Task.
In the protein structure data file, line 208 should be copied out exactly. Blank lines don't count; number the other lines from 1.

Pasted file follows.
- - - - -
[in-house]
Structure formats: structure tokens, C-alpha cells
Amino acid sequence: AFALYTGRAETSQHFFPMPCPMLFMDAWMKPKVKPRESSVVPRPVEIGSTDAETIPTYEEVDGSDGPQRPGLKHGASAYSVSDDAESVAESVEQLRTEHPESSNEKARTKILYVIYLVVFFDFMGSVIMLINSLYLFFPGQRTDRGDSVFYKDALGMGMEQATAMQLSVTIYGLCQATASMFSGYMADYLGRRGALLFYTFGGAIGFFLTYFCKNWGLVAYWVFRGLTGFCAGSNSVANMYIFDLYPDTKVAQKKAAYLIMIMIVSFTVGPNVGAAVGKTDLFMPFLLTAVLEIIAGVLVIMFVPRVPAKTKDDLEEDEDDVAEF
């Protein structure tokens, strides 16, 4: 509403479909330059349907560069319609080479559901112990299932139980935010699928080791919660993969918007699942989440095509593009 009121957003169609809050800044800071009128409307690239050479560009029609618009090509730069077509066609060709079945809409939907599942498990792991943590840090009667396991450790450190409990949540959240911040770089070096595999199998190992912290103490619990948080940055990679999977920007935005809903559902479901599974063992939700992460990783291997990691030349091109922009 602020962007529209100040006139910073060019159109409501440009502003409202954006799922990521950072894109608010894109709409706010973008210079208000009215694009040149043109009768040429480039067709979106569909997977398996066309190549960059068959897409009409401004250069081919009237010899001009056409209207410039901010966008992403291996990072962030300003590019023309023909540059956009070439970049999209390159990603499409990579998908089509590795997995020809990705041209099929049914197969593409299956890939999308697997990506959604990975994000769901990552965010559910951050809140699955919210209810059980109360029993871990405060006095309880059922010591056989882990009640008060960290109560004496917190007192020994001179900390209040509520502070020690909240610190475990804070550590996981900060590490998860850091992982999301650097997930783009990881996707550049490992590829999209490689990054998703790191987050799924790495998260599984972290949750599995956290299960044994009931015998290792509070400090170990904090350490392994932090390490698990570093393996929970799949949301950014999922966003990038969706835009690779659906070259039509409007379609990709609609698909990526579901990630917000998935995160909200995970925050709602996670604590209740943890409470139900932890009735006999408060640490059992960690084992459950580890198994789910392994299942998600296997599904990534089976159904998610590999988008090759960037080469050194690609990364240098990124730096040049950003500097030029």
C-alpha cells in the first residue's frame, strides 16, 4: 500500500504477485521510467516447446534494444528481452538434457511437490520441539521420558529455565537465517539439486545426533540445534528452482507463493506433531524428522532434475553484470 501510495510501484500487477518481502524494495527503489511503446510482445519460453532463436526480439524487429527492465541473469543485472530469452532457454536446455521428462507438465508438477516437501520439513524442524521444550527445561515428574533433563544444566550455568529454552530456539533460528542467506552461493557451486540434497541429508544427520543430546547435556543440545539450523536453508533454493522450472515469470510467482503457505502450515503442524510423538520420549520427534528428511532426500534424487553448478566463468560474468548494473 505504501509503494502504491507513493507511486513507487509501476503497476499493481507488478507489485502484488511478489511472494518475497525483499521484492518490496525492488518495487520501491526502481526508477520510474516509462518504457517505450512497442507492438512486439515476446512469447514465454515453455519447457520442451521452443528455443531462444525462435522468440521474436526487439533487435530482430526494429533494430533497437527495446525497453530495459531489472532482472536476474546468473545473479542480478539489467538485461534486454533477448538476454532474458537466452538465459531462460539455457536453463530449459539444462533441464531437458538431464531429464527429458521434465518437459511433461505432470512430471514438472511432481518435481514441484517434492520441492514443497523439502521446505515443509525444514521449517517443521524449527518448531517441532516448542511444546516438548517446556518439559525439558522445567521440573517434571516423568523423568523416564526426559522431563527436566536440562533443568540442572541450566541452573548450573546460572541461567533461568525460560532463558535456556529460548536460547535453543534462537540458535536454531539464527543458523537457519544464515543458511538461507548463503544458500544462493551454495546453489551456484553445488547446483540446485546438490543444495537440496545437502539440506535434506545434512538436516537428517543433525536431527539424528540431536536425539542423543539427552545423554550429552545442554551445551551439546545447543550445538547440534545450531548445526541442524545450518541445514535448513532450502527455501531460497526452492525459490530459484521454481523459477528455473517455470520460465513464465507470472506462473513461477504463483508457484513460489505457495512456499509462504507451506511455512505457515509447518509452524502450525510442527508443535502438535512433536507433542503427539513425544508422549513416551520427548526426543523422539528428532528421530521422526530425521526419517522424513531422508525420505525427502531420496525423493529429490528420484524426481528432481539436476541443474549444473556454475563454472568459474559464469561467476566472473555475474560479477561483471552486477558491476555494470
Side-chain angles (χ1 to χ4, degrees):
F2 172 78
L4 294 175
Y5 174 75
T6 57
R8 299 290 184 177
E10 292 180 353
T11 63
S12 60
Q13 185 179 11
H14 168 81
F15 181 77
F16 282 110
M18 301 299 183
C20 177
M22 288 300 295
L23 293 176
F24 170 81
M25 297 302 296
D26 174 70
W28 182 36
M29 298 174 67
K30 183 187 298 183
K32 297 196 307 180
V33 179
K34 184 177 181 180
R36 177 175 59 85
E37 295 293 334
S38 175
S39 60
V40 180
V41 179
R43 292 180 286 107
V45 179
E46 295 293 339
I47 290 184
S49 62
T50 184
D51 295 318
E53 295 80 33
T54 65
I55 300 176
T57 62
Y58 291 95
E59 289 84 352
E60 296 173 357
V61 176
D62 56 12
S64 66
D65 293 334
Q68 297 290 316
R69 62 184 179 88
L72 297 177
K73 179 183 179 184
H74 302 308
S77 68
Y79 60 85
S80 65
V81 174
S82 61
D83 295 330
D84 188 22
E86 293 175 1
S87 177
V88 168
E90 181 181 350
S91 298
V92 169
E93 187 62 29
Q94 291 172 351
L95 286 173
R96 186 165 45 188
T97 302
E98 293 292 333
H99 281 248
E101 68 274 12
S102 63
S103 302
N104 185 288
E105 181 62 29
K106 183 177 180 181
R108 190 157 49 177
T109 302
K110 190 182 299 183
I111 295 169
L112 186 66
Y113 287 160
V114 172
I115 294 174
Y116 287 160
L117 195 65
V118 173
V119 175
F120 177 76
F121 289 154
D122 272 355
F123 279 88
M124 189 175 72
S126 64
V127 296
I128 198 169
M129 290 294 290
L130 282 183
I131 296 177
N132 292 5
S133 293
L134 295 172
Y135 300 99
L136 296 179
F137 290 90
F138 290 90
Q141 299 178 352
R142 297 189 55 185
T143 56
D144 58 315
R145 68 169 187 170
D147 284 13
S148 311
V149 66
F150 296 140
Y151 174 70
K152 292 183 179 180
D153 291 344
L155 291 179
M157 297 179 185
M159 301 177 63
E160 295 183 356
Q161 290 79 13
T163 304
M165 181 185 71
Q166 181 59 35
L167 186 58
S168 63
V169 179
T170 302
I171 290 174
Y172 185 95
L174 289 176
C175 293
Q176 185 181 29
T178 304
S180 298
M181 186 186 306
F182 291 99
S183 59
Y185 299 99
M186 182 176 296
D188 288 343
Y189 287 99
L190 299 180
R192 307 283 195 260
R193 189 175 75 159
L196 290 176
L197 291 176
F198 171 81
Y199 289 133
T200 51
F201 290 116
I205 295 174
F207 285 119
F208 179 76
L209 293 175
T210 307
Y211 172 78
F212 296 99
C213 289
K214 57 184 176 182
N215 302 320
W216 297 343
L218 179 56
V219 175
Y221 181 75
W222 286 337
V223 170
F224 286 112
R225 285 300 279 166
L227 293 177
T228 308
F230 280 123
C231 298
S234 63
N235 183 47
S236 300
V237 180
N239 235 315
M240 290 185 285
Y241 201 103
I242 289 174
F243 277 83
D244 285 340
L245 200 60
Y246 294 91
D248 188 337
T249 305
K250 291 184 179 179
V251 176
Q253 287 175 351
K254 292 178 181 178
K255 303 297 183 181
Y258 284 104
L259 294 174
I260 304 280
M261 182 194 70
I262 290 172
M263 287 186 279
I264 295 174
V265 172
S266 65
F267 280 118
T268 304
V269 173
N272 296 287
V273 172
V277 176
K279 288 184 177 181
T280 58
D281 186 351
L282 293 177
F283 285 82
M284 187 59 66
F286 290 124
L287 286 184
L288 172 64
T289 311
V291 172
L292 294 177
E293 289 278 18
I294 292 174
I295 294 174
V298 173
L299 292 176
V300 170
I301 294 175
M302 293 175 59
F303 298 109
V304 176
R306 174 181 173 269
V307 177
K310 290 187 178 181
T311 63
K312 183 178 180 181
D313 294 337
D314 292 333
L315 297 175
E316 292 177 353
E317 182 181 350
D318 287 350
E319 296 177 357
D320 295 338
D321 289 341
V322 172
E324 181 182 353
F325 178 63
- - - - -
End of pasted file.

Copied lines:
M261 182 194 70